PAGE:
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The Press-News column Jun 16

The Housing Crunch and Congestion Charges

The latest OECD report on New Zealand champions some bold changes to enhance our sustainable and inclusive economic well-being. Cynics like to deride their reports as the work of Paris chateau pointy-heads. But much of it is applicable Canterbury’s dynamics, with a prescriptive list of changes that should elicit broad public support.  The OECD isn’t telling us anything we didn’t already know about New Zealand’s housing supply challenges and the strangulating reams of red tape. It simply reaffirms the need for RMA reforms. On the demand side,  I strongly believe National needs to bite the bullet and shield existing residential property from the clutches of non-resident foreign buyers.  Regrettably, the OECD didn’t zero in on this. A mate recently took me on a walkabout around Northwood, to see the swath of  unoccupied “ghost houses” that sit idle as passive investments, after being hoovered up by trophy home hunting foreign fat-cats, with no apparent intention of renting them out, let alone living in or contributing to the community.  Blocking non-residents from siphoning off existing housing stock, would serve the interests of boosting domestic supply, for prospective owners and renters.  Meanwhile, the OECD has also urged New Zealand to roll out congestion charges, to combat urban commuter traffic gridlock. Hello, Waimakariri and Selwyn. I’m cautiously open to congestion charges, as long as there is a cast-iron guarantee that every dollar raised is injected into transport infrastructure, and not frittered as bonus playdough by cash-grabbing councils.  The Christchurch City Council should have no business in this area. Given our commuter belt stretches beyond the city limits, the regional council is best positioned to unleash congestion charges, in conjunction with the NZTA. If it’s applied properly as a user charge, it should actually provide relief for ratepayers and the public purse. Currently, Canterbury’s public transport system is heavily subsidised to the tune of 60%, with ECan ratepayers forcibly coughing up around $25 million annually. Rather than lazily slugging the ratepayer to subsidise Metro buses, why not target the private vehicle user, who actively chooses to contribute to commuter congestion on the major arterials, in peak-hours? Similarly, congestion charges could also be deployed to generate the revenue required to double-track our railway corridor. Let’s get real – given the pre-existing freight train imperatives, double-tracking is a pre-requisite, before greater Christchurch can potentially deliver a reliable and viable commuter rail service. London’s pioneering congestion charge is a success story. In the past 10 years, despite a 12% population increase, commuter traffic volumes have fallen 10% while public transport use has rocketed.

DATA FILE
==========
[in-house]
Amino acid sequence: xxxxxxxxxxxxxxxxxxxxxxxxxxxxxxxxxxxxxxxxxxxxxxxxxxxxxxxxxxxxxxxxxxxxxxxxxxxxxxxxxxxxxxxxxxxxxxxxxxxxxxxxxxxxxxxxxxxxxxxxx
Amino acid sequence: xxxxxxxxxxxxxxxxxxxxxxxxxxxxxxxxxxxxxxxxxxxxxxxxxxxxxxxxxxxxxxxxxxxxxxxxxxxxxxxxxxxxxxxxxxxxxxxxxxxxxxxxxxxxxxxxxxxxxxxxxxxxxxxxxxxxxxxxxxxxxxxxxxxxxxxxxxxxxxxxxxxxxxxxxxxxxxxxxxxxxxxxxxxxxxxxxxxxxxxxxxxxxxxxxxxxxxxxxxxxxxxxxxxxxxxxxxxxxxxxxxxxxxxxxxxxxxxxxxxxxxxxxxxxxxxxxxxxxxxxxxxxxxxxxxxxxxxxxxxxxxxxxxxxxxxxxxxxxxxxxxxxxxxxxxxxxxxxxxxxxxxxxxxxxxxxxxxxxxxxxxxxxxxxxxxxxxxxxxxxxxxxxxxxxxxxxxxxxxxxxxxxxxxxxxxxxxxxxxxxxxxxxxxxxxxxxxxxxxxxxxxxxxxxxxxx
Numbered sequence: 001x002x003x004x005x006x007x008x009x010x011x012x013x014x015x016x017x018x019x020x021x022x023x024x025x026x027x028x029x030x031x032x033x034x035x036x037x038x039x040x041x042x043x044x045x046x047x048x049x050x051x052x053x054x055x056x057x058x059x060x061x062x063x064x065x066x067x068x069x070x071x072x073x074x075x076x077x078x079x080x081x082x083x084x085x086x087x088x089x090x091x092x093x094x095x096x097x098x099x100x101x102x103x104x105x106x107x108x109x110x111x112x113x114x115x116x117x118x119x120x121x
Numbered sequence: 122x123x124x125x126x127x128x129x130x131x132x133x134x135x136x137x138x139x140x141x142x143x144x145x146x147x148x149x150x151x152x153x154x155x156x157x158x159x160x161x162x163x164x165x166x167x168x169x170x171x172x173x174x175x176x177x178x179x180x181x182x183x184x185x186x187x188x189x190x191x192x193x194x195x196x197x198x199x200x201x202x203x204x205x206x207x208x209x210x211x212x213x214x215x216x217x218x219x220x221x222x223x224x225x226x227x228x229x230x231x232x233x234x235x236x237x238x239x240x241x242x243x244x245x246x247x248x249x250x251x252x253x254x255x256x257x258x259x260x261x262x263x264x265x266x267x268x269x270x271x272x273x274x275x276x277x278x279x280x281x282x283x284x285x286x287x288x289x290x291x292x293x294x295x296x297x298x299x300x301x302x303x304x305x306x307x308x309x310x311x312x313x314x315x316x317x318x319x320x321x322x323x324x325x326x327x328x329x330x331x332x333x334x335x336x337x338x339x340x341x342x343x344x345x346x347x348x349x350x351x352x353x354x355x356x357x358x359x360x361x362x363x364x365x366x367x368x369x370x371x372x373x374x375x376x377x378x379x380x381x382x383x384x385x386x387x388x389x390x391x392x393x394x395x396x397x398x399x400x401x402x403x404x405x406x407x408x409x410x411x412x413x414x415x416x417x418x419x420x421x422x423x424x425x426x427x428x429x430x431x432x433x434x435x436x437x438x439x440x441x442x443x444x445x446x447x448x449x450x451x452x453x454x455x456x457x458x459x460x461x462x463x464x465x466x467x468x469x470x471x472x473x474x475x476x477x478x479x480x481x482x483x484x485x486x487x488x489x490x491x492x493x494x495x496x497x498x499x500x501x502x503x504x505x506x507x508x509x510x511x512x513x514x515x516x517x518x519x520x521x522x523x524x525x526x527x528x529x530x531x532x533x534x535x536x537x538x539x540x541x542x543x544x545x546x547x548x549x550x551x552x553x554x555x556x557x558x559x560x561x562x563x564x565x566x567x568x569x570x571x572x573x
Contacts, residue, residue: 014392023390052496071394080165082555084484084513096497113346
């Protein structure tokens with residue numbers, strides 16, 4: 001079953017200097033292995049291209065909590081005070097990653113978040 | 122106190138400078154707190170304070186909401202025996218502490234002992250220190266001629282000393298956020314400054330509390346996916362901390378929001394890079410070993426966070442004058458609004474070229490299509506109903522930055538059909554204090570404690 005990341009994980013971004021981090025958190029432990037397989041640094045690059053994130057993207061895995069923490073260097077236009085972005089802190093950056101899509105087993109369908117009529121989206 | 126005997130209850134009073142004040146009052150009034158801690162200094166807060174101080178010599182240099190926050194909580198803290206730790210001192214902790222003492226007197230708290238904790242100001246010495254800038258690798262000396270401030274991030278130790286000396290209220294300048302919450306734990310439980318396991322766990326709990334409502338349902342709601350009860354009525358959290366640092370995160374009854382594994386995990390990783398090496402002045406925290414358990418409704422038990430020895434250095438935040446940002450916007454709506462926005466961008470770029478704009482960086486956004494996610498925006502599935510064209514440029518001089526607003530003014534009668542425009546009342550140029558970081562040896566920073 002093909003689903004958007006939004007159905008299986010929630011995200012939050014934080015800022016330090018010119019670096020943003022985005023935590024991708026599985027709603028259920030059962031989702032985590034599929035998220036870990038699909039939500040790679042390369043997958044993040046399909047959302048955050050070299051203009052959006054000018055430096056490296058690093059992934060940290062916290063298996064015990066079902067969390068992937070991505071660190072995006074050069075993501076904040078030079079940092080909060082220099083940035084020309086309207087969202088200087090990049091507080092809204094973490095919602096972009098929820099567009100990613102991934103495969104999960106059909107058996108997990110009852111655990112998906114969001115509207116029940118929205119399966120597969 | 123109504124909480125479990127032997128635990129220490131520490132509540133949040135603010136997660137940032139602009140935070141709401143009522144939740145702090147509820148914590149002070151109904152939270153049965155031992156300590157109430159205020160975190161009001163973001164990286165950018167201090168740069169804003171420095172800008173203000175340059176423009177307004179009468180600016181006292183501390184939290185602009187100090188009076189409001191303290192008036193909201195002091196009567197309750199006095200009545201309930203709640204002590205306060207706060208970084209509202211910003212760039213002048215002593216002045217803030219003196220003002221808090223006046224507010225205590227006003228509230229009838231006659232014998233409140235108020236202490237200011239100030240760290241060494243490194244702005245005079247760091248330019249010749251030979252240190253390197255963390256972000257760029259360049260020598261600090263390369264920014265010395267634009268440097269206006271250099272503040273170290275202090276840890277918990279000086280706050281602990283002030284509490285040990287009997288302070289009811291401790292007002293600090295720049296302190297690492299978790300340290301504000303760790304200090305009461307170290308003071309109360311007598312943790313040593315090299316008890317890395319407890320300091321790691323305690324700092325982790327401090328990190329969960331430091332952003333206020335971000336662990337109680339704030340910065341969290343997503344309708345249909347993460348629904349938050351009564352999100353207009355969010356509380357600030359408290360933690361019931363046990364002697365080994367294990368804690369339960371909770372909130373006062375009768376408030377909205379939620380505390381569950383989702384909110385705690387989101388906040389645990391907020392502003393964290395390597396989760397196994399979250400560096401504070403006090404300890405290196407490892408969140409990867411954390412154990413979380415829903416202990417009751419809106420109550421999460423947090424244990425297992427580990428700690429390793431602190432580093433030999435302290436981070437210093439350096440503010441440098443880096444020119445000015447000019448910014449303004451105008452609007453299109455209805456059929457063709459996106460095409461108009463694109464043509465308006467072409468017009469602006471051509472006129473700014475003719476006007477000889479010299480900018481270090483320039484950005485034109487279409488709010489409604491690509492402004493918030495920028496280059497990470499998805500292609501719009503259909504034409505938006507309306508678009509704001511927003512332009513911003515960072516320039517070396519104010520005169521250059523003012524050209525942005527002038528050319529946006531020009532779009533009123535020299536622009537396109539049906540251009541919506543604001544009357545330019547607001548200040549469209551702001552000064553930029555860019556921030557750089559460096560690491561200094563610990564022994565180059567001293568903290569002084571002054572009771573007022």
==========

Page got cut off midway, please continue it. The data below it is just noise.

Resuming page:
Mike’s weekly current affairs column, first published in The Press.  June 16

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